Could Vacant Parking Lots Offer An Alternative Urban Living Environment?

The latest figures show that 54% of the global population (approx. 7.2 billion people) are living in the cities.The 2014 World Urbanization Prospects report by the United Nations …

The latest figures show that 54% of the global population (approx. 7.2 billion people) are living in the cities.The 2014 World Urbanization Prospects report by the United Nations predicts that by the year 2050, it will further amass to 66% of a predicted 9.6 billon. 

In a century of global urbanization more people are choosing to live in the cities than ever before, but they are coming across a recurring problem in the concrete jungle.

Although ‘Millennials’ (the 18-35 demographic) are desperate to head to the bright lights, a lack of affordable apartments is their greatest problem, and many young urbanites are now getting priced out of their own cities.

The overarching demand for metropolitan living, has increased with changing lifestyle choices, economic circumstances and housing shortages, and has left many young professionals seeking a more affordable option.

As a result, the micro apartment was born – a resourceful new trend in US real estate and a seemingly affordable solution.

Through optimizing use of space, and enabling buyers to live in prime locations (without breaking the bank), these ultra-small living spaces are appearing throughout the major cities and becoming a growing phenomenon.

Proving to be extremely popular in the US property market, the 2014 Los Angeles Dwell on Design conference even showcased a variety of homewares specifically tailored to small-scale living,

The rise in this compact style has seen an influx of repurposed buildings and spaces, from disused warehouses to abandoned shopping malls to the more unconventional option of a shipping container.

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With ‘at least 105 million and maybe as many as 2 billion parking spaces in the United States’, in some cities they make up over a third of the metropolis, yet approximately 50% are underused.

Eran Ben-Joseph, a professor of urban planning at M.I.T and author of “Rethinking A Lot” sees parking lots as an overlooked, often ignored part of the modern urban landscape, with multipurpose potential and describing them as “ripe for transformation”, asking:

‘Can’t parking lots be aesthetically pleasing, environmentally and architecturally responsible? Used for something other than car storage?’

With the slogan ‘small space, big idea’, the Savannah College of Art and Design (SCAD), Georgia, have come up with a viable answer to that very question – the SCADpad.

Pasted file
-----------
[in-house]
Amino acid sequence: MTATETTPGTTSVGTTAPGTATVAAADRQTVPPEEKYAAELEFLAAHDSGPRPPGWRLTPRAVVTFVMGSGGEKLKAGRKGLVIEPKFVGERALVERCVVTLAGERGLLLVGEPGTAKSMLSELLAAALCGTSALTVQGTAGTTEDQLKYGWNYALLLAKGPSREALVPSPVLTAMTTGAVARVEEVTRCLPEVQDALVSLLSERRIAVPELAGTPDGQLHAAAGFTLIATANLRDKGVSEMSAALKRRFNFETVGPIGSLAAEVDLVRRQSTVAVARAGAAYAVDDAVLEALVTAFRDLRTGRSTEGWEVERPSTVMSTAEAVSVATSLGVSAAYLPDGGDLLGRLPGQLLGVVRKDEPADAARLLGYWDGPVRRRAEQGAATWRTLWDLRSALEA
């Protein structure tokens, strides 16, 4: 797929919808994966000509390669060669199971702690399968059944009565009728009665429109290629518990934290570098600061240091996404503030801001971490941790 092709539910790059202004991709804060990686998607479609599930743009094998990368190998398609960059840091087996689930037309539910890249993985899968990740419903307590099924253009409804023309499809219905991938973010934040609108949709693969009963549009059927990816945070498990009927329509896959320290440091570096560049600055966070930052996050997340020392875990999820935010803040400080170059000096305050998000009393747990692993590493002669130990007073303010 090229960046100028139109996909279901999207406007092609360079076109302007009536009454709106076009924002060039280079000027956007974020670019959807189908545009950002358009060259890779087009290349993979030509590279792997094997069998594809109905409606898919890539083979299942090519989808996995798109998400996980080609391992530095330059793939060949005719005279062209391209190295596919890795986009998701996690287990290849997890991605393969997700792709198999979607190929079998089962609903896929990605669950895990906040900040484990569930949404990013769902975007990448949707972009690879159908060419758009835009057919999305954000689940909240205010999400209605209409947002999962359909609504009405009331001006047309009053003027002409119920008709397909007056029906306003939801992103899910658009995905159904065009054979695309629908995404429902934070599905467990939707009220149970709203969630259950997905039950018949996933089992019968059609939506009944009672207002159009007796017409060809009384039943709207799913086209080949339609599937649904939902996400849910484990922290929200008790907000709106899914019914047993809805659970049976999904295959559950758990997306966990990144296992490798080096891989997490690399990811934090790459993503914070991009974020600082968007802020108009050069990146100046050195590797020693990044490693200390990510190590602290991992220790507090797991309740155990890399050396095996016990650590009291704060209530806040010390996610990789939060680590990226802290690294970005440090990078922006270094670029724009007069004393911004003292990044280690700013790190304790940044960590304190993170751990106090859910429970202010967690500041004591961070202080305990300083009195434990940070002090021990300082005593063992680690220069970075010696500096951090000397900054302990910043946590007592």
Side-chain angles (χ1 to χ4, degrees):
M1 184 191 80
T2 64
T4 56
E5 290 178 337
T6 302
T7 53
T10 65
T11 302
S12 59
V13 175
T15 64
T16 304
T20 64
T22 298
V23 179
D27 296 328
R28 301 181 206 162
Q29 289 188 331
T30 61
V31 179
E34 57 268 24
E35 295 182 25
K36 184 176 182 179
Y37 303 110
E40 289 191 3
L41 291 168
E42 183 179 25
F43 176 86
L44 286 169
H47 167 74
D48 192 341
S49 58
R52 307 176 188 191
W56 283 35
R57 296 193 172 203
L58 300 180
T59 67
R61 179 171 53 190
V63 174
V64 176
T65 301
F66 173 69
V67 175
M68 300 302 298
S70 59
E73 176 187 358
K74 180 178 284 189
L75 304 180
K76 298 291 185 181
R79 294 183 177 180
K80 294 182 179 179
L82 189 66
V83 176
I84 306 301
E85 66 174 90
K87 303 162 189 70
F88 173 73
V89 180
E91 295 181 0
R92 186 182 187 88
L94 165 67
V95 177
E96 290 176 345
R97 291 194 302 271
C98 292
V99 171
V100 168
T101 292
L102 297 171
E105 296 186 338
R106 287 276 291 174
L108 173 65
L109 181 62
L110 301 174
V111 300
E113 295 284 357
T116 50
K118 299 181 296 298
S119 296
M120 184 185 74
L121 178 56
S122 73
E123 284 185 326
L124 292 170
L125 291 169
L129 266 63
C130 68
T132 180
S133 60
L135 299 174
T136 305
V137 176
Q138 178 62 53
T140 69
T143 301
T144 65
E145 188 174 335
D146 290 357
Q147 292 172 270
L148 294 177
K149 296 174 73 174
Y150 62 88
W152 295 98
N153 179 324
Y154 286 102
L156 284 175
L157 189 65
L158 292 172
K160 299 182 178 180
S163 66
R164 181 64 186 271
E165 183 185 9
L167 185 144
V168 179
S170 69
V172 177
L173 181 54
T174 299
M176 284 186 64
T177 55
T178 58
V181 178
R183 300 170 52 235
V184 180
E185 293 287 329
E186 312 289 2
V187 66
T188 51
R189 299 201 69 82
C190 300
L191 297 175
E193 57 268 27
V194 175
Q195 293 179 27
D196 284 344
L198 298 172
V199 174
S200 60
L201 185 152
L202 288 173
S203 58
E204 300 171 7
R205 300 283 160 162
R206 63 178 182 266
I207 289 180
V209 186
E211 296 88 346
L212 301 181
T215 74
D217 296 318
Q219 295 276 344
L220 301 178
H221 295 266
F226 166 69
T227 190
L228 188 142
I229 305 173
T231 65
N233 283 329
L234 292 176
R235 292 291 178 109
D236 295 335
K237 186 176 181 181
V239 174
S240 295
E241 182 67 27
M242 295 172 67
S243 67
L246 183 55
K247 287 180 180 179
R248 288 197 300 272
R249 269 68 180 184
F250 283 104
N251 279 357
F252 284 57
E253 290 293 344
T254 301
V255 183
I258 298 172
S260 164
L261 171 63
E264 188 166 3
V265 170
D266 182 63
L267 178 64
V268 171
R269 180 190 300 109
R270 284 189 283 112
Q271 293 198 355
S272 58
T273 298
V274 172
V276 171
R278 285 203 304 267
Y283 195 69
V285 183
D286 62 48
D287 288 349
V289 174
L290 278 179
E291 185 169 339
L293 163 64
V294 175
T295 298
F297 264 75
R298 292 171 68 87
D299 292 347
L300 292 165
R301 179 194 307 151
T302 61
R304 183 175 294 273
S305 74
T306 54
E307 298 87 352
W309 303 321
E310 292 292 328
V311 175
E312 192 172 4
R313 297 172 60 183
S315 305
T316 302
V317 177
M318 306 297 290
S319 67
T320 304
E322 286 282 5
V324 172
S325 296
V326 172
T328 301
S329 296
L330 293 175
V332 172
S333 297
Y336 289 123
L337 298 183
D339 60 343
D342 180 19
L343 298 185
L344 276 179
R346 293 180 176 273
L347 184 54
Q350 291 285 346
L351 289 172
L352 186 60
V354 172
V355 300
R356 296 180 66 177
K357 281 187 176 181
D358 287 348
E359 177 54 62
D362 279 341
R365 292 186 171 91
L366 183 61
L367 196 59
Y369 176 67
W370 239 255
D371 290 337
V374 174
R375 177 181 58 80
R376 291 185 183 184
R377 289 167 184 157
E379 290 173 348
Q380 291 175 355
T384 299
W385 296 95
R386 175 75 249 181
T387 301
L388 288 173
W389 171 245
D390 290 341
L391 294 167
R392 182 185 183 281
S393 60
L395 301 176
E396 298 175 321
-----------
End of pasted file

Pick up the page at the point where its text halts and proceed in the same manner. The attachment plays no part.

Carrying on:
Christian Sottile, Dean of SCAD, describes the motivation behind the SCADpad initiative: “to consider ‘the future of cities and urban housing” and provide a unique resolution to the emerging housing problems across the globe.

Driven by 75 students, 12 members of staff and 37 alumni they incorporated art and technology fusing them with functional living space, producing a micro home the size of a standard car parking space.

The minute apartment prototypes, aptly named SCADpads comprise of a simple wooden structure on wheels at just 2.5 x 4.8 m (8 x 16 ft), offering a ‘unique solution to the growing urban housing challenges in cities’.

Through focusing on efficiency and sustainability, they turn the asphalt wasteland into a ‘micro-community’ with an organic ‘garden space that’s fed by graywater, a waste management system’.

“The core of the motivation is considering the future of cities, urban housing and new possibilities”

The journey from the drawing board to reality, took a total of 10 months, with each valued between $40,000 – $60,000, they are fully equipped with all the latest mod cons – iPad, smart glass, and LED ceilings.

However the SCADpad concept is an exaggerated ideal in its primordial stages. Given the arts background of the university each pad exudes a sense of whimsicality and eccentricity rather than practicality.

Despite the acclaim and excessive popularity rendering property developers unable to supply the demand for the micro-units, not everyone is on board. The compact communities have also been criticized in terms of potential social and ethical issues, and worries about overpopulation amid claims of health risks.

However, Sarah Watson, deputy director of Citizens Housing and Planning Council (CHPC), believes ‘Cities need to move beyond old-fashioned ideas of what they think people need, and look into alternatives’ placing ‘micro-units’ at the vanguard of modern living.

Whatever the controversies, what is certain is that our over-populated cities need more affordable housing. The SCADpad may be a prototype…but the vision of its architects is looking clear into the future.


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